After more than four years of often turbulent negotiations to expand the Information Technology Agreement (ITA), tariffs on roughly $1.3 trillion in trade in tech products finally start marching to zero today. All in, the agreement will boost the global economy by an estimated $190 billion annually, spur productivity in developing and developed economies, and support an additional 60,000 American jobs.
The expanded ITA is a decisive step forward for free trade and innovation. At a time when our country’s political rhetoric includes far too much false, anti-trade demagoguery, the ITA is a shining example of the type of strong trade agreements that are possible through hard work and international collaboration.
As agreed by 50 signatories in Nairobi at a WTO Ministerial Conference convened there in December, commencing today, July 1, tariffs on some products will disappear immediately while other tariffs will evaporate over the next several years in a process known as “staging.” Products covered by this landmark agreement include GPS navigation devices, MRI machines, video game consoles, touch screens, printer ink cartridges, advanced semiconductors, and literally hundreds of other gadgets, parts, and components.
Like so many things in life, all that sparkles is not gold, at least not quite yet. While most signatories to the agreement have ably completed the technical work they needed to do at home to live up to the commitments they made in Nairobi to implement on July 1, there are some notable slowpokes.
Included in the job-well-done column are Taiwan, Thailand, Malaysia, the European Union and the United States. In fact, the presidential proclamation that puts U.S. tariff cuts in place under ITA expansion was made public just yesterday.
The key players dragging their feet include China, which will be one of the biggest beneficiaries of ITA expansion, given its status as a powerhouse in the tech trade arena. One hopes China’s hosting the G20 meetings this year might help it focus on completing its ITA homework before it gets too overdue. You see, G20 trade ministers meet in Shanghai on July 9 and then the G20 leaders gather for a summit in Hangzhou on September 4-5. As host, Beijing has identified 10 key objectives for that summit, including promoting innovative growth and expanding global trade. Since ITA expansion is all about getting innovative tech products into the hands of consumers and promoting growth through expanded trade, it sure seems it would be in China’s interest to finish implementation before those meetings.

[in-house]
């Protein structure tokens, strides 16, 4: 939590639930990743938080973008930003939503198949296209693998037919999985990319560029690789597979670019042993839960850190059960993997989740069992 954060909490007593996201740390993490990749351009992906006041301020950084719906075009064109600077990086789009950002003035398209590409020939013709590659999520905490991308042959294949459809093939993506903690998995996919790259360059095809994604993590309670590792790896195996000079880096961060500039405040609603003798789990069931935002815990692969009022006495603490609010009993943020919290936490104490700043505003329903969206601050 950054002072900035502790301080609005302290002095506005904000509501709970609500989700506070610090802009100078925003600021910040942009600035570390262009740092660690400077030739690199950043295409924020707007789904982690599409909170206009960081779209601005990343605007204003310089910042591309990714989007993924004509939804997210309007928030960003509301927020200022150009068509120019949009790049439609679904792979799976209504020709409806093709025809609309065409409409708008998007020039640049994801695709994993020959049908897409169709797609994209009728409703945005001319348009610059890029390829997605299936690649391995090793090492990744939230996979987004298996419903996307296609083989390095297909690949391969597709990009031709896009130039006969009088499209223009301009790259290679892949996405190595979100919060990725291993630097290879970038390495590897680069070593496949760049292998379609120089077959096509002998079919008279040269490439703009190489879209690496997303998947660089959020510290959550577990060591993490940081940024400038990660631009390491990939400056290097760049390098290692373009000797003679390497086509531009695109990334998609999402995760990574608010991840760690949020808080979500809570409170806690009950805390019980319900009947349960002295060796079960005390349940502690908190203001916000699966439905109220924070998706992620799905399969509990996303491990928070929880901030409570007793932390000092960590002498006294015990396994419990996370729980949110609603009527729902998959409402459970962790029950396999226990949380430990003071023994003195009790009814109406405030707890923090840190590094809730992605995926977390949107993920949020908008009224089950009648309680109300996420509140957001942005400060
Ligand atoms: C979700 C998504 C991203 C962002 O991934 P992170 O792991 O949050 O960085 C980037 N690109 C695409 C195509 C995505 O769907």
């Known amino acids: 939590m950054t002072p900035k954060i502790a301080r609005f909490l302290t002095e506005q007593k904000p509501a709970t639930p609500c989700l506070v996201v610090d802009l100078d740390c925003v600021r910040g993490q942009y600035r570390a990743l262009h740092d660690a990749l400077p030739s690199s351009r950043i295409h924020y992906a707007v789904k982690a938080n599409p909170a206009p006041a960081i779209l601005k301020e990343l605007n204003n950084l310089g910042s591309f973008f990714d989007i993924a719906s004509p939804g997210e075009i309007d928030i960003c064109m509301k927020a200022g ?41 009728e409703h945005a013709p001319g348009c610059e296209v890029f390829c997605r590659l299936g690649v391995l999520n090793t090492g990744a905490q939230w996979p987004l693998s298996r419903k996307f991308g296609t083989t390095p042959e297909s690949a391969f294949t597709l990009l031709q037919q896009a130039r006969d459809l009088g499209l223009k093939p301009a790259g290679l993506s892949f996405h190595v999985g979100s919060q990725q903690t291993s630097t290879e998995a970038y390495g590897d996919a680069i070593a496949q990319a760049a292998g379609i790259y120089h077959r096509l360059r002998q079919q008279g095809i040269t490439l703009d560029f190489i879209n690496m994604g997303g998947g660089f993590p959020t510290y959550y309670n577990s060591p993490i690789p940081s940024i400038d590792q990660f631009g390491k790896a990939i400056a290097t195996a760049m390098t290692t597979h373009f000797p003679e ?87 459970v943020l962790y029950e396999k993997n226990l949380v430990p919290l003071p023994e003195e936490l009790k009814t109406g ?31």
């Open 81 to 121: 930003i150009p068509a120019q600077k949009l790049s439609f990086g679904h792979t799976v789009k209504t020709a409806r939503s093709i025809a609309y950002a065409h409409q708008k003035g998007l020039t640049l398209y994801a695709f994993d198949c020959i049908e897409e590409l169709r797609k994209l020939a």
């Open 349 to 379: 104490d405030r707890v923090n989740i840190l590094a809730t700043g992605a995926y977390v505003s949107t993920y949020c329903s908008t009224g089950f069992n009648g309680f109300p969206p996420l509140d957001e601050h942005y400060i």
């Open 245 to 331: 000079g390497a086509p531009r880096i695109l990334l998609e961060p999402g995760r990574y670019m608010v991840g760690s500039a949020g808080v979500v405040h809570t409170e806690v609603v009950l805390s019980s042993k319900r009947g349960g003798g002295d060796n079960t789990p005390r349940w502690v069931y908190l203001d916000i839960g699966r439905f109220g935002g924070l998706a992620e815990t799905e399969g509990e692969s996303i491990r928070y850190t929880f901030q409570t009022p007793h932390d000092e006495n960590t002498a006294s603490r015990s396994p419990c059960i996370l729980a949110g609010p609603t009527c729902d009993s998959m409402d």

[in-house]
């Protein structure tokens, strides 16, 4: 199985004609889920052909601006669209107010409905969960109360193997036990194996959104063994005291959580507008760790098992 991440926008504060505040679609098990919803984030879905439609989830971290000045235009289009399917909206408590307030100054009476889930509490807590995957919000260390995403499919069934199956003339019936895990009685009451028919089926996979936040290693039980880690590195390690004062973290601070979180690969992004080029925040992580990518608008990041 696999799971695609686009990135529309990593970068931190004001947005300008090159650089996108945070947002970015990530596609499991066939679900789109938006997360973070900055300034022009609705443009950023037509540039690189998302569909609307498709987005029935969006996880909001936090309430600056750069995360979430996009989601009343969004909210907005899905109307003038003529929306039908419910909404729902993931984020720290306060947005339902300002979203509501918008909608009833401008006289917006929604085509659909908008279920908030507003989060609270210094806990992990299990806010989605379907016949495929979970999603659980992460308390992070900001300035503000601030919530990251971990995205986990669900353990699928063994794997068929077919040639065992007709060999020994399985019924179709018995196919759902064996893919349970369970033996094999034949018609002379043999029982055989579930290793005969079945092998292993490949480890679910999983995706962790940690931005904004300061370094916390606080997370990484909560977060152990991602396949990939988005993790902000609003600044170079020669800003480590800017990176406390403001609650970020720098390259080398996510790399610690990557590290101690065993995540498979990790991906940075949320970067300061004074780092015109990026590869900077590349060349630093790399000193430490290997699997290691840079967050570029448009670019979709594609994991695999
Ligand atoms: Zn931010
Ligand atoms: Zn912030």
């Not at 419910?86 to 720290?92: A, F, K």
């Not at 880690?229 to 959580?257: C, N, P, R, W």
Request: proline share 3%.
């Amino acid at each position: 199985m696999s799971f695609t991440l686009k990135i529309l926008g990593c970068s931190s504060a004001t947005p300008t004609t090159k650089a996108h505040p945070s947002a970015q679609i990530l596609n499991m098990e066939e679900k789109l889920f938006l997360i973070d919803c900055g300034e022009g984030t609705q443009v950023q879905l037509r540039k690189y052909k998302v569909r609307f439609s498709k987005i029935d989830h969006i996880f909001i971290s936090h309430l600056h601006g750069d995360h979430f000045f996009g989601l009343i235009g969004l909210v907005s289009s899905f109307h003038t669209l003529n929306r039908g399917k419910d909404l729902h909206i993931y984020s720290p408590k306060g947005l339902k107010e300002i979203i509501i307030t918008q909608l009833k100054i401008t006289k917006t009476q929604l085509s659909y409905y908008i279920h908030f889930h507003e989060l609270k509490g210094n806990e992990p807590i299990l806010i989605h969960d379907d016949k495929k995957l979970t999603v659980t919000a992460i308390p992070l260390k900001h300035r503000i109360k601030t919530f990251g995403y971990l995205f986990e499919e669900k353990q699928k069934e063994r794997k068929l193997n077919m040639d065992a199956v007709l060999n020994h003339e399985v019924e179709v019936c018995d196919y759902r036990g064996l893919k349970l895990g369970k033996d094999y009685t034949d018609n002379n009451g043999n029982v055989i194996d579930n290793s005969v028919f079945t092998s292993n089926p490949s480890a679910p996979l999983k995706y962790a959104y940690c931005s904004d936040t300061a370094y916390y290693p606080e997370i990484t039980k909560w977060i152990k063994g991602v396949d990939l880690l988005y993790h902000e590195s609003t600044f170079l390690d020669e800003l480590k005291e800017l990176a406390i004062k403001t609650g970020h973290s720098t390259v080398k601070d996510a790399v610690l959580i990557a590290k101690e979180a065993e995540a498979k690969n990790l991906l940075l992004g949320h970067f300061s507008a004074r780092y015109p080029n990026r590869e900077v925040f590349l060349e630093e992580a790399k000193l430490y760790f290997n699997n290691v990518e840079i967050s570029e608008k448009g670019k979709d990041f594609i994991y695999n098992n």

Another straggler is Korea, which is also a major tech trader and will enjoy significant benefits from ITA expansion. Word is Seoul may have been a bit slow to initiate the domestic work it must complete to implement. Similar to China, perhaps all the talk of the need to promote trade and innovation at the G20 meetings will compel Seoul’s leadership to run faster to get on the ITA-implementation bus.
The other prominent player late to implement is Japan. To be sure, Tokyo has been pretty distracted. Western Japan was hit by a major earthquake in April, its Upper House is holding an election this month, and the TPP has been sucking away all the trade oxygen from its parliament. Given Japan only needs to adjust a handful of tariff lines to implement ITA expansion, the commercial relevance of being tardy has little significance. Not getting its ITA house in order, however, gives political cover to China and Korea, so we hope Tokyo will implement posthaste.
To be sure, there is a clause in the official ITA expansion declaration that gives parties some implementation wiggle room – something to the effect that parties to the agreement must implement the first wave of tariff cuts on July 1 “subject to the completion of domestic procedural requirements” by those parties. Given how hard everyone worked to reach agreement after four grueling years of negotiations and the many and abiding benefits ITA expansion will yield, it’s pretty disappointing some of the major beneficiaries are relying on this technical, process clause and missing the deadline.
Bottom line, this landmark agreement is now in force and that’s great news. As for the big foot-draggers, they are fortunately suggesting they will be done with their domestic procedures over the next few months. The global economy, all the consumers set to benefit from ITA expansion, and a WTO that has its reputation on the line over seeing this gets fully implemented certainly hope so. With the shock of Brexit and the troubling rise in trash talk on trade in the U.S. presidential election, we could all do for the even cleaner win on trade ITA expansion can deliver when everyone ponies up.